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KPF-designed tower will replace parking garage on historic Vancouver block

Patent Pender

KPF-designed tower will replace parking garage on historic Vancouver block

Just granted with approval from Vancouver City Council, 601 West Pender Street is one of several high-rise projects completed or underway in the vertically-oriented British Columbian city.(Lemons Bucket/Courtesy Kohn Pedersen Fox)

Kohn Pedersen Fox (KPF) has revealed that the firm’s commercial high-rise development project at 601 West Pender Street in downtown Vancouver received unanimous consent to proceed earlier this month from the Vancouver City Council, following approval of the projects rezoning application.

Featuring 29 stories of premium office space that will top a retail base sheltered by a vegetated pedestrian canopy, the crowning two floors of the Reliance Properties-developed high-rise will be chock-full of amenities—a lounge, sauna, steam rooms, wellness center, and expansive roof deck spread across 16,000 square feet—for the exclusive use of the building’s future tenants.

The design of the tower, which is clad in a gridded metal facade, is described as KPF as being “sensitive in both scale and materiality” and complementary to the heritage buildings that it will soon share a city block with including the Rogers Building—an iconic Vancouver Heritage Foundation site. Modern but satisfyingly unifying, the building will serve as a welcome replacement for the uninspired six-story parking garage that currently stands at the site.

Illustration of a planned office tower for 601 W Pender St in Vancouver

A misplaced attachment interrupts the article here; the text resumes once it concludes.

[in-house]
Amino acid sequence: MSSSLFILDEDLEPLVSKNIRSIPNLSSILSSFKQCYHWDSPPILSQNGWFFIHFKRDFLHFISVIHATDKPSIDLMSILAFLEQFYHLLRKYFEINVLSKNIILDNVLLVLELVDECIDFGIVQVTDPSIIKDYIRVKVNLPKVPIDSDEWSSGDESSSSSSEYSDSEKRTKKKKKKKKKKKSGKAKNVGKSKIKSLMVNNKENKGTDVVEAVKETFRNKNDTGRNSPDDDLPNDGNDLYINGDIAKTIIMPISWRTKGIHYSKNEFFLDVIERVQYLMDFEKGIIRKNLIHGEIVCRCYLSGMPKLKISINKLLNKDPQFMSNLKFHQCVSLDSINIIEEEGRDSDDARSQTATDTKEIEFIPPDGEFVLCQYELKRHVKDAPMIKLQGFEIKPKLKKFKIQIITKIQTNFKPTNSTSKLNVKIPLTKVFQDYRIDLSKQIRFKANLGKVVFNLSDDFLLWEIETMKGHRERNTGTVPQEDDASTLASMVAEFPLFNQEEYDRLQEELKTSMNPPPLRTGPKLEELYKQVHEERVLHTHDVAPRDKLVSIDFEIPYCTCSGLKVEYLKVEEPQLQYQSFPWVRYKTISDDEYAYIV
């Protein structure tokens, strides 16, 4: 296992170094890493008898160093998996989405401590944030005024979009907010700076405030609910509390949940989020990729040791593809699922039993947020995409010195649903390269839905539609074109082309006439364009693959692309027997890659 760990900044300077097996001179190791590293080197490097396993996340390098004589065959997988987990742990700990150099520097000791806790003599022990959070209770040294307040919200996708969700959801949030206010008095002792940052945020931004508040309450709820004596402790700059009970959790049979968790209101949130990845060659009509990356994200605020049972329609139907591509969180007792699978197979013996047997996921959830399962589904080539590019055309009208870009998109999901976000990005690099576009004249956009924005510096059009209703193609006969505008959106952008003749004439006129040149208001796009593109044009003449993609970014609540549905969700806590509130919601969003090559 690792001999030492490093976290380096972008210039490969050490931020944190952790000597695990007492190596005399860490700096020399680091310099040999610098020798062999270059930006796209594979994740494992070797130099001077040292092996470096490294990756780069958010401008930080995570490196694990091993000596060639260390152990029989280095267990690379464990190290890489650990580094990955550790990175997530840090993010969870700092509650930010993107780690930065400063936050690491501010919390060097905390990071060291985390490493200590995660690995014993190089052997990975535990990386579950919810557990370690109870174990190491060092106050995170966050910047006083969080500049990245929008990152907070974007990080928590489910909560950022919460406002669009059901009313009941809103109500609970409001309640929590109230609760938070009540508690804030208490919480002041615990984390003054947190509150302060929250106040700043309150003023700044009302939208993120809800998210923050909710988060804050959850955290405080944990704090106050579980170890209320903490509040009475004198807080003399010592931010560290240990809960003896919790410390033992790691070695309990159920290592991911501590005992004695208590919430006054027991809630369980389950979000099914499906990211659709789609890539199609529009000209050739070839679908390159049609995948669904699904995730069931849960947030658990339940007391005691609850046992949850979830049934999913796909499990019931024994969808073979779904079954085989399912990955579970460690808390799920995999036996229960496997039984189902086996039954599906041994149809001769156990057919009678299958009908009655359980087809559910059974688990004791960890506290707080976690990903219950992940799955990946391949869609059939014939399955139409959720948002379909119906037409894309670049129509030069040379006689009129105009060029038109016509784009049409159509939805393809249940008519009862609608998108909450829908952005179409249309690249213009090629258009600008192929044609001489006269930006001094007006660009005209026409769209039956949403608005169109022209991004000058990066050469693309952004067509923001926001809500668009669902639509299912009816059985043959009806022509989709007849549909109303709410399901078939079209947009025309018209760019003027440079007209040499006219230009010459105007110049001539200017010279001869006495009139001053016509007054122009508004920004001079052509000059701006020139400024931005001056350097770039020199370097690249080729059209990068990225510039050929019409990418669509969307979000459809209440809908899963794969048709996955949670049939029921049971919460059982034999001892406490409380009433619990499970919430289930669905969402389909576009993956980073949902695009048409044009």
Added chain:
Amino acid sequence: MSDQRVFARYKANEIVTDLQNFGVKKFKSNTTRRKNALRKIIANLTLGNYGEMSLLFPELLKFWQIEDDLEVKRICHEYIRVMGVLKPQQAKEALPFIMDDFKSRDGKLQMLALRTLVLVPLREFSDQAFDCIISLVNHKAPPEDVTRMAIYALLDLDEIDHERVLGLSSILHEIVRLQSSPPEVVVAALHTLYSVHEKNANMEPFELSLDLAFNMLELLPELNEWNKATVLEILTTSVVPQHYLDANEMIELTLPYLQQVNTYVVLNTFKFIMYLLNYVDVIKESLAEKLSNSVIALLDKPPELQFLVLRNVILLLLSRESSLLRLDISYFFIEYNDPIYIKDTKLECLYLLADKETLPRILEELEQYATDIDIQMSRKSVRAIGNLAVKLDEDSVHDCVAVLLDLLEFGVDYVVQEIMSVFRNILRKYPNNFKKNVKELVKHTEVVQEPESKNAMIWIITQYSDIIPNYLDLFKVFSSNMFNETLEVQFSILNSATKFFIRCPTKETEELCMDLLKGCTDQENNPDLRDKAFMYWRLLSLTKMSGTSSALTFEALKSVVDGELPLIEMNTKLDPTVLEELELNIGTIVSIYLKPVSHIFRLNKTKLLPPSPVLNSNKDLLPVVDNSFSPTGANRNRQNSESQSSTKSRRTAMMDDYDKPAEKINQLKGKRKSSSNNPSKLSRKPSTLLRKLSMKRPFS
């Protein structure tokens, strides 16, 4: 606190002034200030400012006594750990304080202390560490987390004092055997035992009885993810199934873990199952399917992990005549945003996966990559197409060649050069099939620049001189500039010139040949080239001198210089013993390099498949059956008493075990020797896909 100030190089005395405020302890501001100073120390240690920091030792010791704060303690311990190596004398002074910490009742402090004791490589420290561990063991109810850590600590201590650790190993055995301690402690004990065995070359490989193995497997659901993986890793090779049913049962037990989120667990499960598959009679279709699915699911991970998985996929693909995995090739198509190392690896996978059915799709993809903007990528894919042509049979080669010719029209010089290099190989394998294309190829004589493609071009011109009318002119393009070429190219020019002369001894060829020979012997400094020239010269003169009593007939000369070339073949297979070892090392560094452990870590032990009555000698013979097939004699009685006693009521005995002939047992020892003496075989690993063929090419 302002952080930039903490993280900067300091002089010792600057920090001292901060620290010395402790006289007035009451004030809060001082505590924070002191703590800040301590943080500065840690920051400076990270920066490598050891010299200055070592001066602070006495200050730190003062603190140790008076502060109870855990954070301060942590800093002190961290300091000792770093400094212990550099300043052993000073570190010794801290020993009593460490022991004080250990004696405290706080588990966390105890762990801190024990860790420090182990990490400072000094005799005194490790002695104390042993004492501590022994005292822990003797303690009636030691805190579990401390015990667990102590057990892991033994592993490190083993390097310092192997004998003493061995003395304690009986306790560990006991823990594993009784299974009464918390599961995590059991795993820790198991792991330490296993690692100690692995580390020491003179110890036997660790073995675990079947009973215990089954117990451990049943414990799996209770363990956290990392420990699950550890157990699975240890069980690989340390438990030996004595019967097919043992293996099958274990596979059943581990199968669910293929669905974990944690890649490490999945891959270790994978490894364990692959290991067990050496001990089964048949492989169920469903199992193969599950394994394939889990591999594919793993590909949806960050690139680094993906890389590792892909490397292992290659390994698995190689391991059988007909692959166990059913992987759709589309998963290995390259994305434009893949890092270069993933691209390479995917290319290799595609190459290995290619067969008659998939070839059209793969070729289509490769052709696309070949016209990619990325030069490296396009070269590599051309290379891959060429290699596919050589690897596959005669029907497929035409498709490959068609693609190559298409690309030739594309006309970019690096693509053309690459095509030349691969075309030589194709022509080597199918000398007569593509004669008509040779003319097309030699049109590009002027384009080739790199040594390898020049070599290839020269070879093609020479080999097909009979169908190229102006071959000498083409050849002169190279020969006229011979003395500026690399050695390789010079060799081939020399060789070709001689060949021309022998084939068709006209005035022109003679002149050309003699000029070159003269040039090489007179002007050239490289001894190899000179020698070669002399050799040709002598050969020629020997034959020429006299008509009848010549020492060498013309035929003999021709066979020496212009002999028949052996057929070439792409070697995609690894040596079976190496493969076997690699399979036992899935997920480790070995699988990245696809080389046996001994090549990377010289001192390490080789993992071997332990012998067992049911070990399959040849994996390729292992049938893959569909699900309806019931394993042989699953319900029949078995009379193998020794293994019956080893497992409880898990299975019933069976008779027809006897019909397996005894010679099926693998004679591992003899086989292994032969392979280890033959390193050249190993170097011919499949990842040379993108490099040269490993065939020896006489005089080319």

The immediate neighbor of KPF’s new Vancouver office tower is the Rogers Building, a local landmark at the corner of Granville and Pender built in 1912. (Lemons Bucket/Courtesy KPF)

“We felt the best way to complete this block of heritage buildings was to create a building that was at once modern and timeless and accentuates its context with scale and color—while bringing nature into the urban fabric,” said Marianne Kwok, KPF design director, in a statement.

The tower’s facade serves as the primary unifying element with its stately early 20th-century neighbors. As KPF elaborated in a press announcement:

 “A fold is introduced to the building’s grid frame to achieve a woven appearance that plays with light to create depth. A warm metal in two finishes—textured and flat—adds unexpected color and reflectivity, and counteracts the typically overcast local climate.”

“While the glass in the main tower is flat, at the top and bottom the façade folds inwards to create pockets of green space, a wider public realm at the base, and views into retail and amenity spaces. The redevelopment will reestablish the pink motif on the tower’s lower level walls facing the Alley Oop laneway, and will consider incorporating a retractable roof scrim as well as new lighting to enhance its sense of place.”

KPF went on to add that the building will bring an “interplay of light, reflection, and nature to the Vancouver skyline,” something seemingly bolstered in the renderings by the tower’s ample glazing.

Illustration of 601 West Pender Street in Vancouver
Located at a busy intersection in the heart of Vancouver’s central business district, 601 W. Pender Street both stands out from and complements older neighboring buildings. (Lemons Bucket/Courtesy KPF)

The New York-headquartered firm is working alongside landscape architecture firm Enns Gauthier and Chris Dikeakos Architects, which will serve as architect of record, on the project. Both are based in British Columbia.

KPF is enjoying a growing presence in and around Vancouver. Other completed, in-development, and under-construction projects include 1698 West Georgia, a West End luxury condo tower; MNP Tower, a 35-story waterfront office high-rise; and Bosa Waterfront, a highly anticipated new addition to the city’s Financial District that will rise 30 stories above Vancouver Harbour.

601 West Pender Street is slated for completion in 2025.